Photo Credit: Brooke Timmons

These are the traits and practices of successful leaders

Article originally published in the Philadelphia Business Journal on July 11, 2022.

As I approach the eighth anniversary of writing a weekly column on leadership for the Philadelphia Business Journal, I share with my readers those universal traits and practices that lead to career success. These can be thought of in five categories: personal attributes, markets, communication, people, and values. I wrote an article on this subject in June 2020. This is an update of that article.

You can do a deep dive on any of these traits and practices by searching my columns at

Personal attributes

  • Differentiate yourself from your peers in every job you hold.
  • Achieve results. Exceed expectations.
  • Value intellectual humility—be open to the possibility that your views may be wrong.
  • Be a role model to those you lead. They will watch you like a hawk and mirror your behaviors.
  • Lead with your head and with your heart. Value your organization’s most important asset: your employees.
  • Build coalitions with others to get things done.
  • Always consider the possible unintended consequences of your decisions.
  • Your credibility and reputation are your most cherished assets. Protect them. 
  • Build trust with those you lead and those to whom you report. Once you have lost their trust, you are ineffective.
  • When a task is mission-critical, verify to ensure it is done properly. 
  • Never shoot the messenger. Face the brutal facts of reality. You can’t fix a problem unless you know what it is.
  • Remember, IQ gets you hired. EQ (emotional intelligence) gets you promoted.
  • Own your mistakes and learn from them.
  • Know when to ask for forgiveness rather than for permission.
  • Build your personal brand as a highly respected thought leader and influencer in your field.
  • Help others be successful. It will come back to you when you need help.
  • Network, network, network! Your next job will likely come from those you know.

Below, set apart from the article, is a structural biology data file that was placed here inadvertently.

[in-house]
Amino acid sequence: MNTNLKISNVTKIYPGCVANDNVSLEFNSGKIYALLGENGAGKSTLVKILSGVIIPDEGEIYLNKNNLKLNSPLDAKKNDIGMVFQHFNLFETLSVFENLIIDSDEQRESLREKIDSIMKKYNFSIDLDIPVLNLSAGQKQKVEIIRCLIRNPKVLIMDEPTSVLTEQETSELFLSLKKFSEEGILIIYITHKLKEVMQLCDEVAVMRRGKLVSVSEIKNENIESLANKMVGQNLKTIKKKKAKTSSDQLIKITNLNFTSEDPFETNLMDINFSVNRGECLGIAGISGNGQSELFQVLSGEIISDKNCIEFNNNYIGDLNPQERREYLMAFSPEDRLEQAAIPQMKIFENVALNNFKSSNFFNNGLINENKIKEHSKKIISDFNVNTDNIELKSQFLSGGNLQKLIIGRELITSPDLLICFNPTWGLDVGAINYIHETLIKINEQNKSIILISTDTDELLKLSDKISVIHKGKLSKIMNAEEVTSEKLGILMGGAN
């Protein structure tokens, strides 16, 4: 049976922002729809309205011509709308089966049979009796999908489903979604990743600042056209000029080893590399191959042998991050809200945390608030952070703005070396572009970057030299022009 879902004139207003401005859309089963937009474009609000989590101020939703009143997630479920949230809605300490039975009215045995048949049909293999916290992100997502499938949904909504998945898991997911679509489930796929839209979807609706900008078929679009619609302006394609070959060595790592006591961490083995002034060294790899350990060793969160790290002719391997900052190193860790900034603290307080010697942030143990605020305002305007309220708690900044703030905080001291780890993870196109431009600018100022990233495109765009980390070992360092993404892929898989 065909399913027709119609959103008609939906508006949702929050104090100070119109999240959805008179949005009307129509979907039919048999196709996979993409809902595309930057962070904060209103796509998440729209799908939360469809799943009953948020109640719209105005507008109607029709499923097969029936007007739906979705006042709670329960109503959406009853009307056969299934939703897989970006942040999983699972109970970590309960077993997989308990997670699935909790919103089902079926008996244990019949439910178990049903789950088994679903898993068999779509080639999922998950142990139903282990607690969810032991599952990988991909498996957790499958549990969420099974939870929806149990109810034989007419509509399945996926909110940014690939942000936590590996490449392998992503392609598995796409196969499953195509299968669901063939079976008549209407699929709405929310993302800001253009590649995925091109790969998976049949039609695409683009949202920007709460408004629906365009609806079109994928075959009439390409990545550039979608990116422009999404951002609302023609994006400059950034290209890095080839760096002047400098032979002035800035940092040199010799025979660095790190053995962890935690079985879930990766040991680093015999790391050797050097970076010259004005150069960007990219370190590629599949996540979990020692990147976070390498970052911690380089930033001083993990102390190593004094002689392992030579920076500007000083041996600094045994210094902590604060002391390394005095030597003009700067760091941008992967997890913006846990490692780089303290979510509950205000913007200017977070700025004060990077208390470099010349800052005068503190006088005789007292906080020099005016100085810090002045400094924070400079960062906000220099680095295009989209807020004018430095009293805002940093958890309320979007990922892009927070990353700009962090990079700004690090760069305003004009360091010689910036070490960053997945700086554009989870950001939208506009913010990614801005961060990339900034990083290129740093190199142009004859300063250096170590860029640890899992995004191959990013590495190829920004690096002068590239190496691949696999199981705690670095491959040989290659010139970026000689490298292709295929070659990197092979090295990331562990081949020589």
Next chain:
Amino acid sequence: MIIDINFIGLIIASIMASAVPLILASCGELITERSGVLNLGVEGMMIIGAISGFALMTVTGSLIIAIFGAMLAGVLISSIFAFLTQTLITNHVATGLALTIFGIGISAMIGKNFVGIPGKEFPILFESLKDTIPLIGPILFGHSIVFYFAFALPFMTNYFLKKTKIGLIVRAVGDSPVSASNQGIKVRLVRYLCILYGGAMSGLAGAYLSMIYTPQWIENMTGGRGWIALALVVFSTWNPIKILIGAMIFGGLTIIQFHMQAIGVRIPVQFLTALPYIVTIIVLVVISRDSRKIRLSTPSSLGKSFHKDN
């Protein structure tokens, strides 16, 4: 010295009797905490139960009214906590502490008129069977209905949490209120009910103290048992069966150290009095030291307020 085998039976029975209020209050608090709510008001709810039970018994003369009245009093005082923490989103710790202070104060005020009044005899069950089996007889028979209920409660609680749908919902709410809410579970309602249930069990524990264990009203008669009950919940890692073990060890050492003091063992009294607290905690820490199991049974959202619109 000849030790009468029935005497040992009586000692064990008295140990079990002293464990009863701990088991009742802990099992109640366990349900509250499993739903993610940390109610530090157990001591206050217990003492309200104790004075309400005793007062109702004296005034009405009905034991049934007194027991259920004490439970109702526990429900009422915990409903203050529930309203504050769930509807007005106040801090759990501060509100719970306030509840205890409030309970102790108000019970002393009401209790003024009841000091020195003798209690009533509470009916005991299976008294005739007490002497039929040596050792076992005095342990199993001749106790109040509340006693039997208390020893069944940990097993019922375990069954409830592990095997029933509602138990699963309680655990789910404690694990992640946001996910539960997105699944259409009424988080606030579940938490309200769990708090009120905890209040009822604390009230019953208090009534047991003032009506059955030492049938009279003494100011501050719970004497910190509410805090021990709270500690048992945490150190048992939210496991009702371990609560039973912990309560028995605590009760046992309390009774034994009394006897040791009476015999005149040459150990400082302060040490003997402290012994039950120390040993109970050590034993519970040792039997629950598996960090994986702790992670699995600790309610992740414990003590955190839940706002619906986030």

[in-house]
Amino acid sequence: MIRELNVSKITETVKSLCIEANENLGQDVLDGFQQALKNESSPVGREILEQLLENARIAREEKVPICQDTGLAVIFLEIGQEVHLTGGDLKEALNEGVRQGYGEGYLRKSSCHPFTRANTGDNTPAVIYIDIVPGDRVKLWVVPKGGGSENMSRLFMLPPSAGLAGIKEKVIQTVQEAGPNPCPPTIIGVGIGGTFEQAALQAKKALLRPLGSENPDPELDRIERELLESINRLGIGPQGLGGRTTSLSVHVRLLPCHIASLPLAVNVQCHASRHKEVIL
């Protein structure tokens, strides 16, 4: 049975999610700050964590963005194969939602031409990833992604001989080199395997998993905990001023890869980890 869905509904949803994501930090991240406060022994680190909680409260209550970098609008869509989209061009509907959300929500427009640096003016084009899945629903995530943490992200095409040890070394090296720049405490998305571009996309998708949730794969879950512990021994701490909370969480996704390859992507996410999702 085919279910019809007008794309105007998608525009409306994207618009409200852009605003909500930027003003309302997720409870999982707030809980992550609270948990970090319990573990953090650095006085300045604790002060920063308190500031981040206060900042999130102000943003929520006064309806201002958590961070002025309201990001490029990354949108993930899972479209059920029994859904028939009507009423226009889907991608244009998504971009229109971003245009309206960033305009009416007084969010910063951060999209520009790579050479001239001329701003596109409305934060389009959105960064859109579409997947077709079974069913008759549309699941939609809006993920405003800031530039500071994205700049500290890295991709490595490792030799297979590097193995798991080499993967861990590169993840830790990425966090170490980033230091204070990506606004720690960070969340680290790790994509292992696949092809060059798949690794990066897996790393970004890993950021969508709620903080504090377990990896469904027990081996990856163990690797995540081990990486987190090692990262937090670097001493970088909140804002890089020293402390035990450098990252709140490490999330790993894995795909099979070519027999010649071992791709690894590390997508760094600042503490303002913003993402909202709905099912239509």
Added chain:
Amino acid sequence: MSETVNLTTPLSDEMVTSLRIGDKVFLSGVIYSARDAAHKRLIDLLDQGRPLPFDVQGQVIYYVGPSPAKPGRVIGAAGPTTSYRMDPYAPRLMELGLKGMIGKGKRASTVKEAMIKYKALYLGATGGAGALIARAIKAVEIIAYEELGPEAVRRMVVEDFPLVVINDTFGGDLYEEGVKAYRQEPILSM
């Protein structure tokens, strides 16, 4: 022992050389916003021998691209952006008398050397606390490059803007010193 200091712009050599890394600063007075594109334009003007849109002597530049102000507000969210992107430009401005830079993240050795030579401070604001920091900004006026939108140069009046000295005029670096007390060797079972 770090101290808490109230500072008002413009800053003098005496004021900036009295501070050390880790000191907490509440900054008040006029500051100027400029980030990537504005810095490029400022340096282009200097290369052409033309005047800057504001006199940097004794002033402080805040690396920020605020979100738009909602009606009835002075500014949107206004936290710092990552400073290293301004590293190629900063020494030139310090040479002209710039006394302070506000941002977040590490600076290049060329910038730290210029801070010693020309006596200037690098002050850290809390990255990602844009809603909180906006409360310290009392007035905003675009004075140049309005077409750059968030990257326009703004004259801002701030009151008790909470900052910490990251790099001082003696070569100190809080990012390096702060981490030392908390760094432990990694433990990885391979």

• You want to work on the hard stuff—those initiatives that have the most meaningful impact on your organization. That is how you grow.
  • Lead like you would like to be led and treat people like you would like to be treated.


  • Understand the strengths, weaknesses, opportunities and threats for your business and those of your competition.
  • Work to become the preferred provider of product/services to your market—it’s a source of competitive advantage.
  • Understand your markets and get ahead of market trends.
  • Differentiate your company by delivering a great customer experience.
  • Remember, only the paranoid survive.

Photo Credit: Brooke Timmons


  • Communicate the vision and mission of the organization to your employees, and their role in achieving them.
  • Obtain on-camera media training. There is nothing like watching yourself to improve the delivery of your message.
  • Be consistent in your message and readable by those you lead.
  • Listen to the ideas of your employees. They may have a superior solution to a problem.
  • Learn how to sell your ideas. You are selling every day to your boss, your peers and your direct reports. If you are the CEO, you are selling to all of your employees, your board and stockholders.
  • Learn how to use PowerPoint so your slides are readable. Always put yourself in the position of those receiving your message. Ask yourself, what is the most effective way to get my message across?


  • Hire people with common sense and good critical judgment who will violate policy when, on rare occasion, it is in the best interests of the company to do so. Hire leaders who will allow their direct reports to do the same.
  • Get out of your comfort zone and push your employees out of their own comfort zone.
  • Value the opinions of your experts and listen to the lone wolf.
  • Encourage employees to develop a sense of personal ownership in what they do.
  • Develop other leaders, inspire those around you and help others to move to the next level.
  • Don’t tolerate a toxic or an unethical employee working for you. They damage the organization.
  • Never throw co-workers under the bus. It destroys trust.
  • Keep your political adversaries close to gain an insight into what they are doing.
  • Communicate your expectations with direct reports, empower them and cut them loose to do their thing.


  • Exhibit the right tone at the top and nurture the right organizational culture.
  • Always lead your organization with the highest levels of ethics and integrity.
  • Embrace the timeless philosophy of continuous improvement.
  • Project a proactive attitude. Be a person who sees possibilities and abundance, not one who only sees scarcity and limitations. The former is the type of individual people want to follow.
  • Remember the passage in the West Point Cadet Prayer: “Make us choose the harder right than the easier wrong.” Do the right thing, even if it hurts.

The test of any leader isn’t when things are going well. It’s when they face difficult challenges. The individuals who embrace these universal traits and practices will more effectively overcome those challenges and be successful in their careers.


Stan Silverman is founder and CEO of Silverman Leadership and author of “Be Different! The Key to Business and Career Success.” He is also a speaker, advisor and widely read nationally syndicated columnist on leadership, entrepreneurship and corporate governance. He can be reached at

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